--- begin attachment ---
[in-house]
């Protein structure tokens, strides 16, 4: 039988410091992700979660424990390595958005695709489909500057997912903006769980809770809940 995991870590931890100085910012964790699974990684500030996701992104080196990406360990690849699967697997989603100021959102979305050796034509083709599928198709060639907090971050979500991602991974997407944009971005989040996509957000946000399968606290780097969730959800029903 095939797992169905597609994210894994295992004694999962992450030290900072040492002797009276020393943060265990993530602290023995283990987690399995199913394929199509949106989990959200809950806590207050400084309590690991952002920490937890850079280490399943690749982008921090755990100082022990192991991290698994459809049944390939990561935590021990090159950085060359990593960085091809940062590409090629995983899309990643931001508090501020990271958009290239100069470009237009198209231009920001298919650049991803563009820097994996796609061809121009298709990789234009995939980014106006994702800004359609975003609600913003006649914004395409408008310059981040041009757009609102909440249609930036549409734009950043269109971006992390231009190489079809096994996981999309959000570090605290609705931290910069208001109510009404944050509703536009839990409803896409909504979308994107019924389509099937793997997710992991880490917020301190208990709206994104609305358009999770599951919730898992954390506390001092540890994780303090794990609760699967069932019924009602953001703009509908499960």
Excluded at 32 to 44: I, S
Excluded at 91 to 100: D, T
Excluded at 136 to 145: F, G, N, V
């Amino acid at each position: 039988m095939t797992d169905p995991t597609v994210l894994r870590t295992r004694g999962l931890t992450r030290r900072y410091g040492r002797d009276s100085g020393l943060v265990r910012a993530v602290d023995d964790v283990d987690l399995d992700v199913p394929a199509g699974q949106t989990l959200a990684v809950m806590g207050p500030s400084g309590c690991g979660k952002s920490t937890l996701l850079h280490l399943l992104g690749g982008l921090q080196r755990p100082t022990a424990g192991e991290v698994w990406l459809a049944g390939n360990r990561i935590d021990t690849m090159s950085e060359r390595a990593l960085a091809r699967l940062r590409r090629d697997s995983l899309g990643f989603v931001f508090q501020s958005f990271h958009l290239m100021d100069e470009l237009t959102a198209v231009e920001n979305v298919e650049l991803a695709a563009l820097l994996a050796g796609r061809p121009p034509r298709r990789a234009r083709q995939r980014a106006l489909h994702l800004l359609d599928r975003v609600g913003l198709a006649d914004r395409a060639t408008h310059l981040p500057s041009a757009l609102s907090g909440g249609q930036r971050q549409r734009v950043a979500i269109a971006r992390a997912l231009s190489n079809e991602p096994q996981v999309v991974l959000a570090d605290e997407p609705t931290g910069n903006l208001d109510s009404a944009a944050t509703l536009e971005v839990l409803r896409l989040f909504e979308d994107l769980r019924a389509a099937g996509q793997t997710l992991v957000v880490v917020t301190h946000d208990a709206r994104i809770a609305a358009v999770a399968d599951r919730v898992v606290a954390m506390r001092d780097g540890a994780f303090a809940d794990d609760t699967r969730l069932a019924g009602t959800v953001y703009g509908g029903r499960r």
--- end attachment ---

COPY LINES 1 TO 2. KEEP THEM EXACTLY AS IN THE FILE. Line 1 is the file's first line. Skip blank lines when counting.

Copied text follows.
[in-house]
């Protein structure tokens, strides 16, 4: 039988410091992700979660424990390595958005695709489909500057997912903006769980809770809940 995991870590931890100085910012964790699974990684500030996701992104080196990406360990690849699967697997989603100021959102979305050796034509083709599928198709060639907090971050979500991602991974997407944009971005989040996509957000946000399968606290780097969730959800029903 095939797992169905597609994210894994295992004694999962992450030290900072040492002797009276020393943060265990993530602290023995283990987690399995199913394929199509949106989990959200809950806590207050400084309590690991952002920490937890850079280490399943690749982008921090755990100082022990192991991290698994459809049944390939990561935590021990090159950085060359990593960085091809940062590409090629995983899309990643931001508090501020990271958009290239100069470009237009198209231009920001298919650049991803563009820097994996796609061809121009298709990789234009995939980014106006994702800004359609975003609600913003006649914004395409408008310059981040041009757009609102909440249609930036549409734009950043269109971006992390231009190489079809096994996981999309959000570090605290609705931290910069208001109510009404944050509703536009839990409803896409909504979308994107019924389509099937793997997710992991880490917020301190208990709206994104609305358009999770599951919730898992954390506390001092540890994780303090794990609760699967069932019924009602953001703009509908499960």